Saras Sarasvathy:  This is a tougher question for me to answer because I’m not really an expert in this area but there are lots of examples of people being entrepreneurial within a company and there are a lot of companies that actively try to encourage people to be entrepreneurial within a company.  One of my colleagues and a co-author of mine also who had three or four people from Darden involved: Jeanne M. Liedtka and Robert E. Wiltbank and Sean Carr, and a couple of other people who actually looked at organic growth leaders, people who had created top line growth within companies, and they found that at least to some substantial extent they think like expert entrepreneurs.  So, there’s a lot of overlap between how expert entrepreneurs think and/or how organic growth leaders inside larger corporation thinks.  They also have to incorporate other kinds of mechanisms, for example, they have to know how to navigate the system within the corporation.  So it’s not one-on-one match but there is some evidence, some recent evidence that shows that.  There’s lot of other kinds of stories of entrepreneurs within companies.  So I’m not sure that it cannot be done but it would be interesting to see what are some of the barriers to entrepreneurial thinking whether within a large corporation or in a country for example.  So that would be a topic I think that would be really interesting to look at what comes in the way of people trying to be entrepreneurial in companies and then other people who study that too.

But, I am not quite an expert on that but given what I have actually looked at in terms of some people trying to be entrepreneurs within a company.  One of the reasons is almost every decision on that what to do next question inside a company involves some kind of a trade-off that an independent entrepreneur may not have.  For example, if I decide as an entrepreneur within a company, I want to develop a new kind of technology or a new product which might put my current product out of business, right?  So now I had to think about when to develop it.   Should I cannibalize my own product?  So that’s this opportunity cost in a large corporation, I think, that makes the decision fundamentally different than for an independent entrepreneur.  So that’s at least one thing I would point to as a difference, not necessarily as a bad thing, but it’s a difference.  So when you make the decision on what to do next you have to take into account what you already have accomplished and interestingly enough this is a problem not only for large corporations, it’s a problem for very successful entrepreneurs too.  So if you if you’re like Pierre Omidyar who started a company, who built it up and it’s growing, now when you want to do the next thing whatever that next thing is, you have to worry about this baby that you have grown into something and expert entrepreneurs have interesting ways to deal with that.  Not all of them actually are good at solving that problem so what they do is sometimes they say, “You know what, it is time for me to sell this company,” or “It’s time for me to bring someone else to run this company while I become CTO or develop a whole bunch of other products that have nothing to do with the current one.” Or, you know, “I just resign, become chairman of the board and start other companies.”  So the expert entrepreneurs solve the problem by doing other things for the most part but the problem remains.  I think it is a fundamental problem.  It’s not a problem that you can just get rid of in a large company. But given that you have that problem, I’m sure there are lots of things that you can do to allow people to be entrepreneurial within a large corporation and some companies have tried things like creating a venture capital wing where people actually come up with ideas and build it along a little bit and they can present it to the venture capital wing and the company can decide.  So people have done this but it’s not really my area of expertise because I haven’t really studied that.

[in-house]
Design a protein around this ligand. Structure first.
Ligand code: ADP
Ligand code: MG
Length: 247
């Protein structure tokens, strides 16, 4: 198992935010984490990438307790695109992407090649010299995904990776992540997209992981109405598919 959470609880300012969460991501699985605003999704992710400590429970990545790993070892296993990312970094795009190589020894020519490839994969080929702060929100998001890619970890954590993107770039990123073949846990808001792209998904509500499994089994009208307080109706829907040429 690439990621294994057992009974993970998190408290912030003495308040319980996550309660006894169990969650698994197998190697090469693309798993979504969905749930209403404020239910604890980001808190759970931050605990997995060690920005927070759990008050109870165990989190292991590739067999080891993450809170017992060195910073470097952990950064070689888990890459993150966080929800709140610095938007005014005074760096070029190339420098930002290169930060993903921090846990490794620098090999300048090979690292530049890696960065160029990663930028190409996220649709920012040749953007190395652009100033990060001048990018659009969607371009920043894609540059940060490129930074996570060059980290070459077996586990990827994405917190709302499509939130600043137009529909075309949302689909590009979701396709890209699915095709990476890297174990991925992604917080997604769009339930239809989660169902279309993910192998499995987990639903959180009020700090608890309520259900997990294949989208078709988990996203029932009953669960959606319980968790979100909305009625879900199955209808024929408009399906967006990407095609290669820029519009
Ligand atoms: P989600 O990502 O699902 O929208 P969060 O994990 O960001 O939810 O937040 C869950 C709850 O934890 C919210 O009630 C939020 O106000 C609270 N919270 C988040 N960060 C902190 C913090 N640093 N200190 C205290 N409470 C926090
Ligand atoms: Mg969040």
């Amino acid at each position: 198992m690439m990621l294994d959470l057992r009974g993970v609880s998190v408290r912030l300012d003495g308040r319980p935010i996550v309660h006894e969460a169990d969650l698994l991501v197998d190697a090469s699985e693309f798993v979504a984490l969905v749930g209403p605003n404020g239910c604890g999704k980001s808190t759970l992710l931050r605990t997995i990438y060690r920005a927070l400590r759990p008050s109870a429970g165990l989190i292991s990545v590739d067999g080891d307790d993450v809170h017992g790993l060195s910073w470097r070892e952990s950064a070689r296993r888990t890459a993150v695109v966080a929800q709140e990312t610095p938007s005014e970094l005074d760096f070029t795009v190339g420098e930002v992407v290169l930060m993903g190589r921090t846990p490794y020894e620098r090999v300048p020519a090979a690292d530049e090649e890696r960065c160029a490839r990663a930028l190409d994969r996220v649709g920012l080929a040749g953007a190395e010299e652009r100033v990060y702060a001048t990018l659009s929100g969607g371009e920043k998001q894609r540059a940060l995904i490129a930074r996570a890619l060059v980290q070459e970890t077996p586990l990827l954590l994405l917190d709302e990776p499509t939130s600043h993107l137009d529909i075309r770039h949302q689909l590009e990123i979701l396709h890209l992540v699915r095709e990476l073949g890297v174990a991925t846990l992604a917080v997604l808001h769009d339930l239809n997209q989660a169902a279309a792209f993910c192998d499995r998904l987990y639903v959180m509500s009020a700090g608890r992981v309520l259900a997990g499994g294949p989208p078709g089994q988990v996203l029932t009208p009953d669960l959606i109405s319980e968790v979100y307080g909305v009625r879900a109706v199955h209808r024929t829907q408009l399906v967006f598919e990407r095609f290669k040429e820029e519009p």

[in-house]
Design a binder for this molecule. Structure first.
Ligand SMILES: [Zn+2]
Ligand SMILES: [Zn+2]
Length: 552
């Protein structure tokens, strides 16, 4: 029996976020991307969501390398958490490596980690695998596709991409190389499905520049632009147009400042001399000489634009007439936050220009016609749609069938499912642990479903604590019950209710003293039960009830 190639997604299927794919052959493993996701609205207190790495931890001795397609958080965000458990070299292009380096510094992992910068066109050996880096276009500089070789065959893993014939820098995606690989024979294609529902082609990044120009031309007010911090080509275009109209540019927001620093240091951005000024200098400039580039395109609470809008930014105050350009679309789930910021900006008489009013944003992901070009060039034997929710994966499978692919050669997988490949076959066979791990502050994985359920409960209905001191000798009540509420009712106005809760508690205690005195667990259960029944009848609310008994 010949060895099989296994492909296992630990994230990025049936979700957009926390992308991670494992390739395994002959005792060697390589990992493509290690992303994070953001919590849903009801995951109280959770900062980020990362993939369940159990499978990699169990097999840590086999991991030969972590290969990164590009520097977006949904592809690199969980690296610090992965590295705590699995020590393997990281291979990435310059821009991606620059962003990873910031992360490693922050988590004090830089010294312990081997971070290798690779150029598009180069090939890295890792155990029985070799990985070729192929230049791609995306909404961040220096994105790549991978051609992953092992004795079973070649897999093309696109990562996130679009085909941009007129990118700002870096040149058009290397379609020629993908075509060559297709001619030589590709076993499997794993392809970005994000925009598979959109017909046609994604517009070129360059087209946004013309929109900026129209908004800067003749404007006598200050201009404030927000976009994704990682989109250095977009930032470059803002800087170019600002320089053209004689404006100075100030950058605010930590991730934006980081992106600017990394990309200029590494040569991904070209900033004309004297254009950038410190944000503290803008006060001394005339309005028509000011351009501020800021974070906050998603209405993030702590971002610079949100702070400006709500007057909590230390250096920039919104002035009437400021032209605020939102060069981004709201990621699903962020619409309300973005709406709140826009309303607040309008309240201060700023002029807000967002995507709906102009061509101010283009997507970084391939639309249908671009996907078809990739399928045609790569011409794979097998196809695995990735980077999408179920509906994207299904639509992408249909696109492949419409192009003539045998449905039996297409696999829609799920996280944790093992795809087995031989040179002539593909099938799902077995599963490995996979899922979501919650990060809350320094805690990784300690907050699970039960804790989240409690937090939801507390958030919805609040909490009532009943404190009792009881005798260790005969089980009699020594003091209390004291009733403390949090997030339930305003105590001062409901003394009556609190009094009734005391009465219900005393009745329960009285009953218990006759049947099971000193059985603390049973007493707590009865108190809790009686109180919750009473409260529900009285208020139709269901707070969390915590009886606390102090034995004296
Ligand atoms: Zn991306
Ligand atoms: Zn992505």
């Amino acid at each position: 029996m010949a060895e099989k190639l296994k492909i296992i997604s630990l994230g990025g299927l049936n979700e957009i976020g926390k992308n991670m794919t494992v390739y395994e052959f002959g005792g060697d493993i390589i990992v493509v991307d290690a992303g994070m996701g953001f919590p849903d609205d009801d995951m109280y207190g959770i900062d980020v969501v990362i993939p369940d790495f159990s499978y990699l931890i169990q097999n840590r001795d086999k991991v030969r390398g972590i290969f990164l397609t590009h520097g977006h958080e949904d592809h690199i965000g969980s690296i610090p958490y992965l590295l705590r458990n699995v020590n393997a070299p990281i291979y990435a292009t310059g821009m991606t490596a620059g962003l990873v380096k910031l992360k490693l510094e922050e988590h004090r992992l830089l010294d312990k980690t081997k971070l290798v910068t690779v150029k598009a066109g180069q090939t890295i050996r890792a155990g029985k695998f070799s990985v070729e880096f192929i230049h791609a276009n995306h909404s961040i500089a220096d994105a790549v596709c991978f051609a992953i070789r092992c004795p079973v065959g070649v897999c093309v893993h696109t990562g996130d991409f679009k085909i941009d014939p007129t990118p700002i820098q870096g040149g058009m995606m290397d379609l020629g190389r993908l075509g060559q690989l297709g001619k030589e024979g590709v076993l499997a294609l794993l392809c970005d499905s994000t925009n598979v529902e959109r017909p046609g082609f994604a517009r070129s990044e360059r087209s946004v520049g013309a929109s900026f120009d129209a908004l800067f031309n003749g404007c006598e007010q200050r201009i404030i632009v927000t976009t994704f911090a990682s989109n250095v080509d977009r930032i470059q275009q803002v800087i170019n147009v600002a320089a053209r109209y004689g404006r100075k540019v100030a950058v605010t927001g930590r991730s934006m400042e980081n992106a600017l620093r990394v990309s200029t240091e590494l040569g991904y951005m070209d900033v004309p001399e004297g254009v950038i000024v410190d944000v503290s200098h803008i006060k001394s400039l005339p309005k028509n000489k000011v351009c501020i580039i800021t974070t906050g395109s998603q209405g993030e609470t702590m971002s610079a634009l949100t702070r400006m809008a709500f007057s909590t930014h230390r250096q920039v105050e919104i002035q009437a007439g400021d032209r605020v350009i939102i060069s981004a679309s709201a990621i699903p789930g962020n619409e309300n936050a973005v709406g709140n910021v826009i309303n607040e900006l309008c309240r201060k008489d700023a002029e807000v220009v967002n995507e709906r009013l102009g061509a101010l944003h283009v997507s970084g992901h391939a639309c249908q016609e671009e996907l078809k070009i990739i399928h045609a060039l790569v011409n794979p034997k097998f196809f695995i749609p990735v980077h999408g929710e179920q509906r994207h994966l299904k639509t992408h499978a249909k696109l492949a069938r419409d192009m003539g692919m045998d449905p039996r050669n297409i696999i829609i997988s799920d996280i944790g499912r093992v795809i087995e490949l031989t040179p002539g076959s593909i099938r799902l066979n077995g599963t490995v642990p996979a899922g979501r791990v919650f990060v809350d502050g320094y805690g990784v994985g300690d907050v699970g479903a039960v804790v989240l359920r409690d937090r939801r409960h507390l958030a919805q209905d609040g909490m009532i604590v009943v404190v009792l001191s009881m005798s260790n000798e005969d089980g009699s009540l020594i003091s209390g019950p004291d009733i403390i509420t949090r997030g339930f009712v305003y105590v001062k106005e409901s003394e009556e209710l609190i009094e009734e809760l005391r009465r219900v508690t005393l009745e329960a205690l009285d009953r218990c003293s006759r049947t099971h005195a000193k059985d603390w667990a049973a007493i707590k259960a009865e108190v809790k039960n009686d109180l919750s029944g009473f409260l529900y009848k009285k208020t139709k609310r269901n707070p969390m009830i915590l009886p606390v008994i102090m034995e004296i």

Recorded on: May 19, 2009


Saras Sarasvathy Says Innov...

Newsletter: Share: